Warning over payday loan brokers

Posted by Michael Bolt in Banking on 10 November 2014 - Michael worked as a Credit Analyst at checkmyfile until 2015

Consumers are being urged to be wary of a new generation of payday loan middlemen, who are making attempts to target the bank accounts of some of the poorest and vulnerable members of society. As many as one million attempts per month are being made by payday loan brokers to take funds from people who may be unaware that they would be charged for the service they offer.

Payday loan brokers offer an online service promising to find loans for consumers but crucially are not lenders themselves. The brokers charge an often hidden fee for offering to find the best payday loan for consumers. They typically charge a fee of around £50 to £75 to do this, although fees are often levied up to three or four times. Customers are often unaware that they will be charged or that they had even given their consent for a payment to be made. In the worst cases, brokers have shared the individual’s bank details with as many as 200 other companies, some of which then also attempt to levy charges.

The payday loan broker practices have caused alarm at one of the UK’s biggest high street banks, Natwest. It has received hundreds of new complaints on a daily basis about payday loan brokers. Between July and August it was receiving up to 640 complaints a day about the brokers, although this has since fallen to around 250 per day. It has concerns that this figure could increase in the run-up to Christmas.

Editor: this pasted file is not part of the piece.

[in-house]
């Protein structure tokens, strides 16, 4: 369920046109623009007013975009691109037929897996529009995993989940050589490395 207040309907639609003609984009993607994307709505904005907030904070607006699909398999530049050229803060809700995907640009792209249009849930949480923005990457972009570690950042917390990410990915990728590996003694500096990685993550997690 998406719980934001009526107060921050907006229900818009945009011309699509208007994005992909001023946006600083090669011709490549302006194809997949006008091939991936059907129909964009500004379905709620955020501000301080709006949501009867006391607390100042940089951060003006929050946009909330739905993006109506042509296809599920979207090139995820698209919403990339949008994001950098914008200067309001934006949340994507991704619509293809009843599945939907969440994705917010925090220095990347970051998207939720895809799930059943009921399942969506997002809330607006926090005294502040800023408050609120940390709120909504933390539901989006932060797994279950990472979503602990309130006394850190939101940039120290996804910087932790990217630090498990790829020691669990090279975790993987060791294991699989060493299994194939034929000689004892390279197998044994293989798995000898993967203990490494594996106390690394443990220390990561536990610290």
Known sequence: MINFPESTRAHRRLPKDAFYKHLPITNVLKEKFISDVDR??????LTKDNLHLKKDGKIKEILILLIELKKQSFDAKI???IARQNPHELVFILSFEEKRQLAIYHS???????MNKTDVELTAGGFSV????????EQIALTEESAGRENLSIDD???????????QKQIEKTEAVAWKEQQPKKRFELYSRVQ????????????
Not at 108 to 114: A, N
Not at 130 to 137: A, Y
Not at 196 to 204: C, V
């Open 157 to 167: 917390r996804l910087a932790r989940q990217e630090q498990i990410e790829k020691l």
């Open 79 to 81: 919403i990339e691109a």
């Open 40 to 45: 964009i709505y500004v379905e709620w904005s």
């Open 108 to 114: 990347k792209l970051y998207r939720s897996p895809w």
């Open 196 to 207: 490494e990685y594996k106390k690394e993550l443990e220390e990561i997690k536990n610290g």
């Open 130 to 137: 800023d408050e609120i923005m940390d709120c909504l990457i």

The industry regulator, the Financial Conduct Authority (FCA), is thought to be investigating the conduct of the brokers. It has received some 11,500 complaints about payday loan brokers since April, more than double the total number received in the whole of last year.

The Financial Ombudsman says that many people using the brokers websites thought that they were applying for a loan directly, did not realise that they were paying a middleman and that they would not necessarily receive a loan. It has urged consumers to remain vigilant.

Some brokers involved in finding loans for consumers make their charges clear, such as My Loan Now, although others are more opaque. The Competition and Markets Authority (CMA) is considering compelling brokers and lead generators to be clearer on their website, by clearly outlining that they are not lenders.

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